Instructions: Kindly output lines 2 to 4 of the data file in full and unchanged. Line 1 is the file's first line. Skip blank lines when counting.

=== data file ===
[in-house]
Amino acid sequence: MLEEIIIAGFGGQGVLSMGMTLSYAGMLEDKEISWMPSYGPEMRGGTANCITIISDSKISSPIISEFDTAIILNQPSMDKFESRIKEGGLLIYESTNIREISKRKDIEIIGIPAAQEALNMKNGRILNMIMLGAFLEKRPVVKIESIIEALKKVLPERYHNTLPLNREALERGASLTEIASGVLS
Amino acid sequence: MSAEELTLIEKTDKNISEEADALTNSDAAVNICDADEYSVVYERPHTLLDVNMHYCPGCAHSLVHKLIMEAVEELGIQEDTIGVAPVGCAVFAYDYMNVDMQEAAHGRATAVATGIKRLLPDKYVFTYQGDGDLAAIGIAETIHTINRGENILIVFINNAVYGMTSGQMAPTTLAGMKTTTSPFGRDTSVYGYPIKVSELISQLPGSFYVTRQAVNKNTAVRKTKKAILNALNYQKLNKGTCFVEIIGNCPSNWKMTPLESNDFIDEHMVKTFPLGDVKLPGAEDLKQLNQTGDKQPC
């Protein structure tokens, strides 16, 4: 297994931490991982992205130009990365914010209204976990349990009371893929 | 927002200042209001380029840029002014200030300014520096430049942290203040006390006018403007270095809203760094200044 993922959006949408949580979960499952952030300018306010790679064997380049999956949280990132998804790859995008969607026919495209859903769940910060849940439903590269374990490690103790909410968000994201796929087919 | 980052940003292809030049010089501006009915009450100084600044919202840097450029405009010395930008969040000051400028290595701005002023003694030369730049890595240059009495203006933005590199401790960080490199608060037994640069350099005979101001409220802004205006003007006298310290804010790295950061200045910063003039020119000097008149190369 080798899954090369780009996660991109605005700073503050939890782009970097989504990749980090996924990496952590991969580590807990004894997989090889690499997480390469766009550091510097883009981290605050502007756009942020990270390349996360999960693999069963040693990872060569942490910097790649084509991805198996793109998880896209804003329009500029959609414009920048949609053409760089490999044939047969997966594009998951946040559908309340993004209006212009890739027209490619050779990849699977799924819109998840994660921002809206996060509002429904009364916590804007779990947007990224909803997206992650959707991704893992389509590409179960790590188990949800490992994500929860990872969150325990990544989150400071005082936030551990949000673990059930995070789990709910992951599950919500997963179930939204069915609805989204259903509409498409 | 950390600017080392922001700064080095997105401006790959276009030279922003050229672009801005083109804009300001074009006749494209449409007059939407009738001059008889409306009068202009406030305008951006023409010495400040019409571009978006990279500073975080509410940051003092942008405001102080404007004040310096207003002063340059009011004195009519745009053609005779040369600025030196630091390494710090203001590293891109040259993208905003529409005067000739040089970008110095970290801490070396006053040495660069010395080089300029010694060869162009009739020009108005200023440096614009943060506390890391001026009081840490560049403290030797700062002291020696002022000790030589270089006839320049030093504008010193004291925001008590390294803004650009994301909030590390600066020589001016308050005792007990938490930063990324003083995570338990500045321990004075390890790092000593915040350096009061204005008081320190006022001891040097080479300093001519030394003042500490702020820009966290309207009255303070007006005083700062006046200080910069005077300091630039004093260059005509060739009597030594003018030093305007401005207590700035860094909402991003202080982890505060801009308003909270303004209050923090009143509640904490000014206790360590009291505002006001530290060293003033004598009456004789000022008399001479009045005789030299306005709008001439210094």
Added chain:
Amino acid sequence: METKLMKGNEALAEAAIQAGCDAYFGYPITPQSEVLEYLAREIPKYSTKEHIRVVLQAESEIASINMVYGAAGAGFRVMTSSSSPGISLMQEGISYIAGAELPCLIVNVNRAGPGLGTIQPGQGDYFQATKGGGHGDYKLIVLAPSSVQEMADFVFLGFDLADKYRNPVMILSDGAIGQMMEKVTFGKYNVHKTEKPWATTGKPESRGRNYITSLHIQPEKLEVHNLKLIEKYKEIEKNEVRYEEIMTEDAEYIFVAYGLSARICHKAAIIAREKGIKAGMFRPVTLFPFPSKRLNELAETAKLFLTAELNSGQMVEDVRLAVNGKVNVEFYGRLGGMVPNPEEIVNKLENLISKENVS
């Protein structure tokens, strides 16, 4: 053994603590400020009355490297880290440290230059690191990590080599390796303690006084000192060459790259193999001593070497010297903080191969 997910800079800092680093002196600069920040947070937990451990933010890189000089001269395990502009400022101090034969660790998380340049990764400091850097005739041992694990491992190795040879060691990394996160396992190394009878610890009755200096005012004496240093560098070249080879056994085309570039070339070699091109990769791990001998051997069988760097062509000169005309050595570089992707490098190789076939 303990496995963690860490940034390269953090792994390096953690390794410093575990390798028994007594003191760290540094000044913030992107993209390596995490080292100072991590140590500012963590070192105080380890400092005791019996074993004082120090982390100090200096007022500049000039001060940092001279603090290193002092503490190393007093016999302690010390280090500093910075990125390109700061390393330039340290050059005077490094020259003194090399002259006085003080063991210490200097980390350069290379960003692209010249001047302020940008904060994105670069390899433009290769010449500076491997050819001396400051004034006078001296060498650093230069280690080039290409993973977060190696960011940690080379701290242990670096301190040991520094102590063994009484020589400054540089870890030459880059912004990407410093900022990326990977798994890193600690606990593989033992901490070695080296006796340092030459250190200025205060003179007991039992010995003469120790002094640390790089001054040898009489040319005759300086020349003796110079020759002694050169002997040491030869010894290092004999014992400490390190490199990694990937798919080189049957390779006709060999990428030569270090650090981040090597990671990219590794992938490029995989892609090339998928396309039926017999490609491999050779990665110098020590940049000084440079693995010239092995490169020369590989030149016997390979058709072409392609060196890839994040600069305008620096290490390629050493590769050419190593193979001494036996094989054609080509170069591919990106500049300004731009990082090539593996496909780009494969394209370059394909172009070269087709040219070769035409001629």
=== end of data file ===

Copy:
Amino acid sequence: MLEEIIIAGFGGQGVLSMGMTLSYAGMLEDKEISWMPSYGPEMRGGTANCITIISDSKISSPIISEFDTAIILNQPSMDKFESRIKEGGLLIYESTNIREISKRKDIEIIGIPAAQEALNMKNGRILNMIMLGAFLEKRPVVKIESIIEALKKVLPERYHNTLPLNREALERGASLTEIASGVLS
Amino acid sequence: MSAEELTLIEKTDKNISEEADALTNSDAAVNICDADEYSVVYERPHTLLDVNMHYCPGCAHSLVHKLIMEAVEELGIQEDTIGVAPVGCAVFAYDYMNVDMQEAAHGRATAVATGIKRLLPDKYVFTYQGDGDLAAIGIAETIHTINRGENILIVFINNAVYGMTSGQMAPTTLAGMKTTTSPFGRDTSVYGYPIKVSELISQLPGSFYVTRQAVNKNTAVRKTKKAILNALNYQKLNKGTCFVEIIGNCPSNWKMTPLESNDFIDEHMVKTFPLGDVKLPGAEDLKQLNQTGDKQPC
């Protein structure tokens, strides 16, 4: 297994931490991982992205130009990365914010209204976990349990009371893929 | 927002200042209001380029840029002014200030300014520096430049942290203040006390006018403007270095809203760094200044 993922959006949408949580979960499952952030300018306010790679064997380049999956949280990132998804790859995008969607026919495209859903769940910060849940439903590269374990490690103790909410968000994201796929087919 | 980052940003292809030049010089501006009915009450100084600044919202840097450029405009010395930008969040000051400028290595701005002023003694030369730049890595240059009495203006933005590199401790960080490199608060037994640069350099005979101001409220802004205006003007006298310290804010790295950061200045910063003039020119000097008149190369 080798899954090369780009996660991109605005700073503050939890782009970097989504990749980090996924990496952590991969580590807990004894997989090889690499997480390469766009550091510097883009981290605050502007756009942020990270390349996360999960693999069963040693990872060569942490910097790649084509991805198996793109998880896209804003329009500029959609414009920048949609053409760089490999044939047969997966594009998951946040559908309340993004209006212009890739027209490619050779990849699977799924819109998840994660921002809206996060509002429904009364916590804007779990947007990224909803997206992650959707991704893992389509590409179960790590188990949800490992994500929860990872969150325990990544989150400071005082936030551990949000673990059930995070789990709910992951599950919500997963179930939204069915609805989204259903509409498409 | 950390600017080392922001700064080095997105401006790959276009030279922003050229672009801005083109804009300001074009006749494209449409007059939407009738001059008889409306009068202009406030305008951006023409010495400040019409571009978006990279500073975080509410940051003092942008405001102080404007004040310096207003002063340059009011004195009519745009053609005779040369600025030196630091390494710090203001590293891109040259993208905003529409005067000739040089970008110095970290801490070396006053040495660069010395080089300029010694060869162009009739020009108005200023440096614009943060506390890391001026009081840490560049403290030797700062002291020696002022000790030589270089006839320049030093504008010193004291925001008590390294803004650009994301909030590390600066020589001016308050005792007990938490930063990324003083995570338990500045321990004075390890790092000593915040350096009061204005008081320190006022001891040097080479300093001519030394003042500490702020820009966290309207009255303070007006005083700062006046200080910069005077300091630039004093260059005509060739009597030594003018030093305007401005207590700035860094909402991003202080982890505060801009308003909270303004209050923090009143509640904490000014206790360590009291505002006001530290060293003033004598009456004789000022008399001479009045005789030299306005709008001439210094």